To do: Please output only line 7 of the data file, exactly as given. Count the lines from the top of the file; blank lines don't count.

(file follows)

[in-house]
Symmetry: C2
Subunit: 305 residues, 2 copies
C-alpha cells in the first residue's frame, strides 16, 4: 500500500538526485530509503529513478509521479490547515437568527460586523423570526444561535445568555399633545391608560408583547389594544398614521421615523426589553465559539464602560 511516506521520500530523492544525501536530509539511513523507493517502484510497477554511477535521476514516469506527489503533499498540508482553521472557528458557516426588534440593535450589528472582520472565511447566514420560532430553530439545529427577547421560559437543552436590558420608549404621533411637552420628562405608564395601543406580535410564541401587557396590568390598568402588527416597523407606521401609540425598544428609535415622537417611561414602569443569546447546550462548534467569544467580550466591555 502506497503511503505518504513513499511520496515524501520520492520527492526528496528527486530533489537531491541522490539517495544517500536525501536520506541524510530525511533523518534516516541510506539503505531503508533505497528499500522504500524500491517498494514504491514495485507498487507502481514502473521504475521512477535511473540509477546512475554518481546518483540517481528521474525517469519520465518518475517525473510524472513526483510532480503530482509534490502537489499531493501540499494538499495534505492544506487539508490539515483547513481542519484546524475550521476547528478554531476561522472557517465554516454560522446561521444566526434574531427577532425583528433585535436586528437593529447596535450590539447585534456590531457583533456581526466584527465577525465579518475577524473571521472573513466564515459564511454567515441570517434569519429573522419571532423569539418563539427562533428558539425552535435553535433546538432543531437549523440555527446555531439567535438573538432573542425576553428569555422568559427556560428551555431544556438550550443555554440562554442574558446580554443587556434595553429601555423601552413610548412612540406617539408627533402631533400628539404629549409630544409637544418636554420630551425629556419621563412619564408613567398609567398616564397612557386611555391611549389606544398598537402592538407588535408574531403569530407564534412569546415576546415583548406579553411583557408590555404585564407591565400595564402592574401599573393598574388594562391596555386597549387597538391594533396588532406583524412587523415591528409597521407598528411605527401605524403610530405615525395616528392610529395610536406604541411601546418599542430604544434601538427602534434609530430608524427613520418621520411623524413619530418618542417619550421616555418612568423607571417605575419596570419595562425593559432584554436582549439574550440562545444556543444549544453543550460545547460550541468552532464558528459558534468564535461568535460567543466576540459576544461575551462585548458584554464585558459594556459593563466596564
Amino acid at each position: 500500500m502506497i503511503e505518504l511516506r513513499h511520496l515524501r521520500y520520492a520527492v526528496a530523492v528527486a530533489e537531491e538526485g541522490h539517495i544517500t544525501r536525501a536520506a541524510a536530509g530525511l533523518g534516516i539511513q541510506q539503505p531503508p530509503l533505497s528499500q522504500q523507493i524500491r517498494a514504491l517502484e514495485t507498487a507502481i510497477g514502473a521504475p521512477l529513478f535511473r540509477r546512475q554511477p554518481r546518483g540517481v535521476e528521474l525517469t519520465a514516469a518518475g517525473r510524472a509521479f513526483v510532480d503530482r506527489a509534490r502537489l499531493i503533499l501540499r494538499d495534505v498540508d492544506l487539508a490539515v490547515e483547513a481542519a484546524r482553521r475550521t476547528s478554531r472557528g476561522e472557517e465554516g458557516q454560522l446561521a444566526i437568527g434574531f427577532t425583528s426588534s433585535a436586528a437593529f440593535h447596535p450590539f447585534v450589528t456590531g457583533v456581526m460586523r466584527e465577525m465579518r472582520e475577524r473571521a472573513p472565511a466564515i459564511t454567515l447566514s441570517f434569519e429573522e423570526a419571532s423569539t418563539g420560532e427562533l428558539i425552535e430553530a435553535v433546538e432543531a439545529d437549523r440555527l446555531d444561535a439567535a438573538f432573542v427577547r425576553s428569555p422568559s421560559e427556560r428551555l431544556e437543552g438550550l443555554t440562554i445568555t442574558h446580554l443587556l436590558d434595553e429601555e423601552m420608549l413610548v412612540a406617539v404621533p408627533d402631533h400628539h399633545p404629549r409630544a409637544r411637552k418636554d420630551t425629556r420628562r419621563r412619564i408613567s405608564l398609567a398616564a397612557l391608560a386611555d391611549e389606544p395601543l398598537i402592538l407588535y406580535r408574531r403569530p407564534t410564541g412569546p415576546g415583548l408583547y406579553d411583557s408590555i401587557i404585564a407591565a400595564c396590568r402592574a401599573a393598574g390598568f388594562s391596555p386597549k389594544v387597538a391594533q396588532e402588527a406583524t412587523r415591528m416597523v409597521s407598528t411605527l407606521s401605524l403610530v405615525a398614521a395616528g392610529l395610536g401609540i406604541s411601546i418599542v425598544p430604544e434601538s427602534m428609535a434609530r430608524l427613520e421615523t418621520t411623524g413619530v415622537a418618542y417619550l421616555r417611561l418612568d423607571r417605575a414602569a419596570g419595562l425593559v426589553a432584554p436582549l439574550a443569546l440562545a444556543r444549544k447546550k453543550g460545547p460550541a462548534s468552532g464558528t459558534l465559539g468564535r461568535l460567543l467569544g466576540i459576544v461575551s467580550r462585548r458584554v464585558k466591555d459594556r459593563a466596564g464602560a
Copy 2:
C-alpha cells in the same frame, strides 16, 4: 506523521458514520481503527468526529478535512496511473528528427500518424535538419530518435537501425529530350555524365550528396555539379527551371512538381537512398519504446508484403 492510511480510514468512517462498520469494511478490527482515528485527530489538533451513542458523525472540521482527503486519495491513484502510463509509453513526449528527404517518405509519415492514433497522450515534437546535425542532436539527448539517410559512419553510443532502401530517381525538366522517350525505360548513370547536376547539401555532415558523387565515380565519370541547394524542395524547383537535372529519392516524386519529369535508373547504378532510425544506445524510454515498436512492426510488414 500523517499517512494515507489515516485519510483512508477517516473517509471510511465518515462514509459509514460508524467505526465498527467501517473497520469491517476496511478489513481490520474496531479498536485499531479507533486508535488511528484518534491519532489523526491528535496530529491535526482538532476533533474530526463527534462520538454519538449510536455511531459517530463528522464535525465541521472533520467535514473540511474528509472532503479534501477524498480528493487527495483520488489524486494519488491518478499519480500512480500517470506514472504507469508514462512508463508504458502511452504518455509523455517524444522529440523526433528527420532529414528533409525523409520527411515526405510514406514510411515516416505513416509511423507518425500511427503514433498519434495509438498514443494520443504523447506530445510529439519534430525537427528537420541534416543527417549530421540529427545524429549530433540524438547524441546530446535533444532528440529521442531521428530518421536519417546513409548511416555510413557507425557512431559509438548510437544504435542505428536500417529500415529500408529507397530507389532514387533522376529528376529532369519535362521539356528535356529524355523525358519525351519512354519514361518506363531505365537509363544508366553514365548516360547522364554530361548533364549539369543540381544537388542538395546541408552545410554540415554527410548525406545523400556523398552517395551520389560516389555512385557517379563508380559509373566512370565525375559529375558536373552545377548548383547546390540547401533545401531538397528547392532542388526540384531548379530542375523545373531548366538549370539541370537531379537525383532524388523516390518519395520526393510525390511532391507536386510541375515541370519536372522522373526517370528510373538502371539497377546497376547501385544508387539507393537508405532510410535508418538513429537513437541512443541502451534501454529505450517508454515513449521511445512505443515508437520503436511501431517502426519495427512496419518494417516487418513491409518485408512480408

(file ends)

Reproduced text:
C-alpha cells in the same frame, strides 16, 4: 506523521458514520481503527468526529478535512496511473528528427500518424535538419530518435537501425529530350555524365550528396555539379527551371512538381537512398519504446508484403 492510511480510514468512517462498520469494511478490527482515528485527530489538533451513542458523525472540521482527503486519495491513484502510463509509453513526449528527404517518405509519415492514433497522450515534437546535425542532436539527448539517410559512419553510443532502401530517381525538366522517350525505360548513370547536376547539401555532415558523387565515380565519370541547394524542395524547383537535372529519392516524386519529369535508373547504378532510425544506445524510454515498436512492426510488414 500523517499517512494515507489515516485519510483512508477517516473517509471510511465518515462514509459509514460508524467505526465498527467501517473497520469491517476496511478489513481490520474496531479498536485499531479507533486508535488511528484518534491519532489523526491528535496530529491535526482538532476533533474530526463527534462520538454519538449510536455511531459517530463528522464535525465541521472533520467535514473540511474528509472532503479534501477524498480528493487527495483520488489524486494519488491518478499519480500512480500517470506514472504507469508514462512508463508504458502511452504518455509523455517524444522529440523526433528527420532529414528533409525523409520527411515526405510514406514510411515516416505513416509511423507518425500511427503514433498519434495509438498514443494520443504523447506530445510529439519534430525537427528537420541534416543527417549530421540529427545524429549530433540524438547524441546530446535533444532528440529521442531521428530518421536519417546513409548511416555510413557507425557512431559509438548510437544504435542505428536500417529500415529500408529507397530507389532514387533522376529528376529532369519535362521539356528535356529524355523525358519525351519512354519514361518506363531505365537509363544508366553514365548516360547522364554530361548533364549539369543540381544537388542538395546541408552545410554540415554527410548525406545523400556523398552517395551520389560516389555512385557517379563508380559509373566512370565525375559529375558536373552545377548548383547546390540547401533545401531538397528547392532542388526540384531548379530542375523545373531548366538549370539541370537531379537525383532524388523516390518519395520526393510525390511532391507536386510541375515541370519536372522522373526517370528510373538502371539497377546497376547501385544508387539507393537508405532510410535508418538513429537513437541512443541502451534501454529505450517508454515513449521511445512505443515508437520503436511501431517502426519495427512496419518494417516487418513491409518485408512480408